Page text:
EYE emergencies can now be treated on the southern peninsula, thanks to the installation of an eyeConnect device at Rosebud Hospital.
Described as “world-class healthcare on your doorstep” by Peninsula Health acting CEO David Anderson, the device is expected to treat 60-100 people over the next 12 months.
Peninsula Health clinical director of emergency Dr Shyaman Menon said the new addition was a “game-changer” for patients. “It comes just in time for the busy summer season when we get double the number of people presenting at Rosebud Hospital’s emergency department,” he said.
The eyeConnect device allows emergency doctors, who are not eye specialists, to manage patients locally, with real-time assistance from specialists at the Royal Victorian Eye and Ear Hospital, East Melbourne.
Developed by local medical technology manufacturer Ingeneus, with funding from the state government, the device collects patient data, visual information and images of the eye which are then reviewed by specialists in the city. A decision is then made “on the spot” about whether the patient can be treated at Rosebud or elsewhere.
A generous contribution from Rye Op Shop played a welcome role in purchasing the eyeConnect device. It donated $100,000 towards the extensive renovations needed to expand the hospital’s emergency department and build a special room to house it.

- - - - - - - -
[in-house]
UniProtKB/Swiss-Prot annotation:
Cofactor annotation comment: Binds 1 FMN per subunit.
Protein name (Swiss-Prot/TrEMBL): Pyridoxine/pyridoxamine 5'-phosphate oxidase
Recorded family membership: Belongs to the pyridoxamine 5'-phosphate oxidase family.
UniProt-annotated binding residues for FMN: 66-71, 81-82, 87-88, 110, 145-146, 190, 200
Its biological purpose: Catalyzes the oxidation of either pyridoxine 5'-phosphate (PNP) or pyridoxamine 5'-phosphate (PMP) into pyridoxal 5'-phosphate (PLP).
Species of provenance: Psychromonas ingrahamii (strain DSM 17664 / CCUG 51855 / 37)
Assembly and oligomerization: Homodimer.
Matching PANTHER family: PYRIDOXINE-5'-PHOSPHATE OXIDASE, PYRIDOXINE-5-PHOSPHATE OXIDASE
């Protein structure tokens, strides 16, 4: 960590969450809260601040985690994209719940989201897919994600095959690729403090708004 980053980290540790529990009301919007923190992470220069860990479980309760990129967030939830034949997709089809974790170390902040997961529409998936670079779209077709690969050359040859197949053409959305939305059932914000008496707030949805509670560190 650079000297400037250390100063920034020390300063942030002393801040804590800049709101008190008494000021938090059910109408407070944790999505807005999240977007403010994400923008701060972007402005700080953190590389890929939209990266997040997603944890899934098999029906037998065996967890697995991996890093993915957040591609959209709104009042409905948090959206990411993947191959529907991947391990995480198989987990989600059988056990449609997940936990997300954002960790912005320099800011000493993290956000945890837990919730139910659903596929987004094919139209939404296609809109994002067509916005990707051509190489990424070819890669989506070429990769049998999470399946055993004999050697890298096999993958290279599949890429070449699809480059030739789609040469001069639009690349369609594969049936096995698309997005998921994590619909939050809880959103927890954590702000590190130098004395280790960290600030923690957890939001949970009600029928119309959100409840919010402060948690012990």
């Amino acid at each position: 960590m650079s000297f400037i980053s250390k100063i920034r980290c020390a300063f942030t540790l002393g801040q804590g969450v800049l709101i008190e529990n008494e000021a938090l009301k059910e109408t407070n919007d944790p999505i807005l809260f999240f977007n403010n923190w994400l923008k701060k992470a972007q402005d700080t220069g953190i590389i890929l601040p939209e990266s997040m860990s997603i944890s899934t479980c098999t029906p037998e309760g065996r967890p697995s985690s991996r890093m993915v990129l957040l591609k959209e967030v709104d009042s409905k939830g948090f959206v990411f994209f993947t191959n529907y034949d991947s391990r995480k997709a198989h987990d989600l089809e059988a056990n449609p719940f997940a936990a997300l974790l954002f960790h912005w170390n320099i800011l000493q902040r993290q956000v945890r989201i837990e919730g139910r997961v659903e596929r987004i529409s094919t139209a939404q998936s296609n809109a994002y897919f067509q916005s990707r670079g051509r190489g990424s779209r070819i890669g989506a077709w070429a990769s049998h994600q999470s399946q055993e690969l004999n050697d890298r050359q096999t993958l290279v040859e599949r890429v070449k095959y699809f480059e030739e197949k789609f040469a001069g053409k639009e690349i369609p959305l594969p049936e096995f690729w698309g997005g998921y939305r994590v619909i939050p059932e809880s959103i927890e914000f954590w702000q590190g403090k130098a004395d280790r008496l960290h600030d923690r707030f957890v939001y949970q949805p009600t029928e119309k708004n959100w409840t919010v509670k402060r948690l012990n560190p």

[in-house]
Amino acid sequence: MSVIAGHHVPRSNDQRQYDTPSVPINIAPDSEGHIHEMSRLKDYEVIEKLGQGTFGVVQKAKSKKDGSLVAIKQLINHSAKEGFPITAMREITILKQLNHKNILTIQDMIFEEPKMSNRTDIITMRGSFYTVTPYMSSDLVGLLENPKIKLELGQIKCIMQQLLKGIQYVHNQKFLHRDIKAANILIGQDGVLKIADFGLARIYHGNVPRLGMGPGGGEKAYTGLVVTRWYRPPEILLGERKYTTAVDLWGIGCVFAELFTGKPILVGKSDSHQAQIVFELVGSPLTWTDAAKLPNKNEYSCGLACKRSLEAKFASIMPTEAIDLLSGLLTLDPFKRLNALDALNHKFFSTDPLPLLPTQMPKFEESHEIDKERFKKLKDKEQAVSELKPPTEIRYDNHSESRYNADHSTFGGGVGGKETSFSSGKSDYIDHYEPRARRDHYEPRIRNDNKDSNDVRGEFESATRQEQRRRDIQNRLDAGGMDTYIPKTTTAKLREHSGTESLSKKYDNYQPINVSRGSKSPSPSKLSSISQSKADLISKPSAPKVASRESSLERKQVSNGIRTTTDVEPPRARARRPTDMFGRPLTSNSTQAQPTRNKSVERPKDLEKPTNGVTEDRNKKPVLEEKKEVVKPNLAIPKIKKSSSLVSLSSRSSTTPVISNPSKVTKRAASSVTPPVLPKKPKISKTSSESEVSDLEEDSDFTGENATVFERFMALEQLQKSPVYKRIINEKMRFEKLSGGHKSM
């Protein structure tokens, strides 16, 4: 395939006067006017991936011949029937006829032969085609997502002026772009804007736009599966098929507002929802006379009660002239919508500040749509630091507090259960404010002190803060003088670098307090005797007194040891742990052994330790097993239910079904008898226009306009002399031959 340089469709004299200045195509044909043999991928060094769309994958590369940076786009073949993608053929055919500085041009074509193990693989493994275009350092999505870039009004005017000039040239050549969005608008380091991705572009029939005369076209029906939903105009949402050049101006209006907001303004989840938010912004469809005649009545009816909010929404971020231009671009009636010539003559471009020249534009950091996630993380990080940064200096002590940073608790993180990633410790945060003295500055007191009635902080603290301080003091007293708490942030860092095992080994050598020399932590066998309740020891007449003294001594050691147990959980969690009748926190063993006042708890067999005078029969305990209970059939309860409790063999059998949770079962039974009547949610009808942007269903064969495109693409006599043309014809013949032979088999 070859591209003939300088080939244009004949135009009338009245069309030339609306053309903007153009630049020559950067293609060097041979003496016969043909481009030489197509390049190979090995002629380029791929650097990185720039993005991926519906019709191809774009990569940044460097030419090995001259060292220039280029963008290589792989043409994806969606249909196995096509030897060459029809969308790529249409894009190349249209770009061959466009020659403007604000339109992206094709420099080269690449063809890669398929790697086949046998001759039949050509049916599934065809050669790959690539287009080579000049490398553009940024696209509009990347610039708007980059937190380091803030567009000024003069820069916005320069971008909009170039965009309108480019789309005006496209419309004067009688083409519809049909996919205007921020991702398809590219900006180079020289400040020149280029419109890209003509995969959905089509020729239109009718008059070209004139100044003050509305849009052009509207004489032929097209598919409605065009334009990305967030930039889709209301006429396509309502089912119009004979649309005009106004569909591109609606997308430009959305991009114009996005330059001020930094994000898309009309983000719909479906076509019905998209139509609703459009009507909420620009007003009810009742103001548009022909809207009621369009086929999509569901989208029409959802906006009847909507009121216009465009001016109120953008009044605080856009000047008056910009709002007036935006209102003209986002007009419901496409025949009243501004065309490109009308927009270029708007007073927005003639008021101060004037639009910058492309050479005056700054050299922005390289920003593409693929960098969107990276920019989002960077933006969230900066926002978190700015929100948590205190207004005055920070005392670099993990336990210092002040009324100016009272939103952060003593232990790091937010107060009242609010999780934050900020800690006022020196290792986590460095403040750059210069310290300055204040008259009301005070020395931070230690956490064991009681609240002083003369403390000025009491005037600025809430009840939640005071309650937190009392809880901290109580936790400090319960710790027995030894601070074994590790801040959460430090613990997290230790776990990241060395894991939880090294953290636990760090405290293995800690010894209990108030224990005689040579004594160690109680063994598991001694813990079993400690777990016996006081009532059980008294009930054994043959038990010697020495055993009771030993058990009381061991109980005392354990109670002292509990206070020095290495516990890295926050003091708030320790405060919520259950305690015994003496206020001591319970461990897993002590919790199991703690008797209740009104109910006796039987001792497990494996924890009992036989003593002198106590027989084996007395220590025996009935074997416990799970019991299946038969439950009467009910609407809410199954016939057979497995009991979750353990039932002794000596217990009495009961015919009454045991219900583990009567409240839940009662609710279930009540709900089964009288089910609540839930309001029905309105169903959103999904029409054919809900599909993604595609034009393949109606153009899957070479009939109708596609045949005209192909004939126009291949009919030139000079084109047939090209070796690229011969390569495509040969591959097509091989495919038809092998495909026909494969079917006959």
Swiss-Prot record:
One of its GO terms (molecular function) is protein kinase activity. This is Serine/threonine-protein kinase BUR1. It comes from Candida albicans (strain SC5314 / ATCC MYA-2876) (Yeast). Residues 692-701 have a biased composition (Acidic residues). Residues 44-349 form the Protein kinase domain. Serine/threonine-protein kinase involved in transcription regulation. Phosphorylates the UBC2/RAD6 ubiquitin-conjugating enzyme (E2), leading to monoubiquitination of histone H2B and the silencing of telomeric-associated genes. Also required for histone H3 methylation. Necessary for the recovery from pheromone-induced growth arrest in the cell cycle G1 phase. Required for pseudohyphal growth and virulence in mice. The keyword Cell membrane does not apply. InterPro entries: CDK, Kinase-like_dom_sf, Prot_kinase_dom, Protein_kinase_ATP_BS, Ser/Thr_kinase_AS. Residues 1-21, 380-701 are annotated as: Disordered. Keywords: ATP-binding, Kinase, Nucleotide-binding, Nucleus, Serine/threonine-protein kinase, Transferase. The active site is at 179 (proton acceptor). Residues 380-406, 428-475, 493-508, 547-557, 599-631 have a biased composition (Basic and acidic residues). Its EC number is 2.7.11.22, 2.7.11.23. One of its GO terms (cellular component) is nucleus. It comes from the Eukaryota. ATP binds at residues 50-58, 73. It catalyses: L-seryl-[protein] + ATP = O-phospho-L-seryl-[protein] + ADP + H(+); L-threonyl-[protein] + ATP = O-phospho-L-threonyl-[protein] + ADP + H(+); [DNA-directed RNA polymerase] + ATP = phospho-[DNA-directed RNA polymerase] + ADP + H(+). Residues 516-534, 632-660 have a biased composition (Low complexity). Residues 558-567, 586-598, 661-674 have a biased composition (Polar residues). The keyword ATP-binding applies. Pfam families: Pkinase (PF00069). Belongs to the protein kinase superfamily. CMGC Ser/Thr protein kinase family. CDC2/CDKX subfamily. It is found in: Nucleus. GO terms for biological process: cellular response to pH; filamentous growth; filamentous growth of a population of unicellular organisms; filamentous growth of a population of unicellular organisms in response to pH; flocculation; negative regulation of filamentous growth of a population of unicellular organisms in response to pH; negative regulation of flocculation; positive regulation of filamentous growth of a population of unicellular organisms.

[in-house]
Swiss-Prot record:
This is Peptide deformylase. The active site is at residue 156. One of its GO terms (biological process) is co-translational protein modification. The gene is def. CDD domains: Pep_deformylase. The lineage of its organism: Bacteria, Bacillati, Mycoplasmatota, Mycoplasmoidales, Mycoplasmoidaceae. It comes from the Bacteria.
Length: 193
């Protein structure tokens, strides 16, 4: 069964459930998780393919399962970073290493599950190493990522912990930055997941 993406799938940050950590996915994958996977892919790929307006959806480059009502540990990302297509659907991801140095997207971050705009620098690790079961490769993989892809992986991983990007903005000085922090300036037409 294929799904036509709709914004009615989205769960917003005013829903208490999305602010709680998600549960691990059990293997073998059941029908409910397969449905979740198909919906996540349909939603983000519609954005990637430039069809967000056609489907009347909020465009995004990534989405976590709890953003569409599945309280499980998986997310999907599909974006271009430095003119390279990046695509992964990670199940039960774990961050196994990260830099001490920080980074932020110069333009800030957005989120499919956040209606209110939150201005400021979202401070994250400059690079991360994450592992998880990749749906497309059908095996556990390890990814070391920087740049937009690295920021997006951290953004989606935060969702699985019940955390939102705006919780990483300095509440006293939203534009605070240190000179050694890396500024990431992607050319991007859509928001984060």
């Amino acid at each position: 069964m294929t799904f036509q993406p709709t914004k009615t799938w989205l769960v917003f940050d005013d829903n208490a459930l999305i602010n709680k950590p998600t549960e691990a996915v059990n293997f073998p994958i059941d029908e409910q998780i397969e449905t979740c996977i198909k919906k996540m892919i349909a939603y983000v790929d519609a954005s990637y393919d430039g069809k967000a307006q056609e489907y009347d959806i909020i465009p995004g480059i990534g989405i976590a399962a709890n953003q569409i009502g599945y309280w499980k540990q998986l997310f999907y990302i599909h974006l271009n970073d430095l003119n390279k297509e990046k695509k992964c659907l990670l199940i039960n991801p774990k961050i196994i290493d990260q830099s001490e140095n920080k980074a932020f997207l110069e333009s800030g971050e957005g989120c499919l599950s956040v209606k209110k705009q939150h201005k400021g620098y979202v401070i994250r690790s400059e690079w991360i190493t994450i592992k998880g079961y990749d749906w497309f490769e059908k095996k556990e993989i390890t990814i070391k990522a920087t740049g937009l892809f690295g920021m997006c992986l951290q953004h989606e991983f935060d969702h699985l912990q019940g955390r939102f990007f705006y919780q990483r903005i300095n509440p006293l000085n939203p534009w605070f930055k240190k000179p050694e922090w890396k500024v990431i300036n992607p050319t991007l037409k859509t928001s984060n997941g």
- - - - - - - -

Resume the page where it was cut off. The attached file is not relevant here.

“Without the support of the Rye Opportunity Shop it would not have been possible to house this revolutionary device in the Rosebud ED and to provide this service to people on the southern peninsula,” Mr Anderson said.
“I would like to thank the management committee and volunteers of the Rye Op Shop for this donation and the important role it plays in helping us to expand the services we provide to our local community.”
Rye Op Shop president David Wills said the donation was “only part of what we have done” for the Rosebud Hospital.
“We have been supporting the hospital for a long time because it is a pretty special place,” he said. “We also donated $500,000 for a cancer-scanning machine as part of another project.”
Mr Wills said the op shop donated $242,000 to worthy recipients last year, including Food for All, Portsea Camp, local Scouts and Rye CFA.
“Overall the hospital is the greatest beneficiary,” he said.
“Our 50 volunteers work hard and everything we earn goes back into the community.”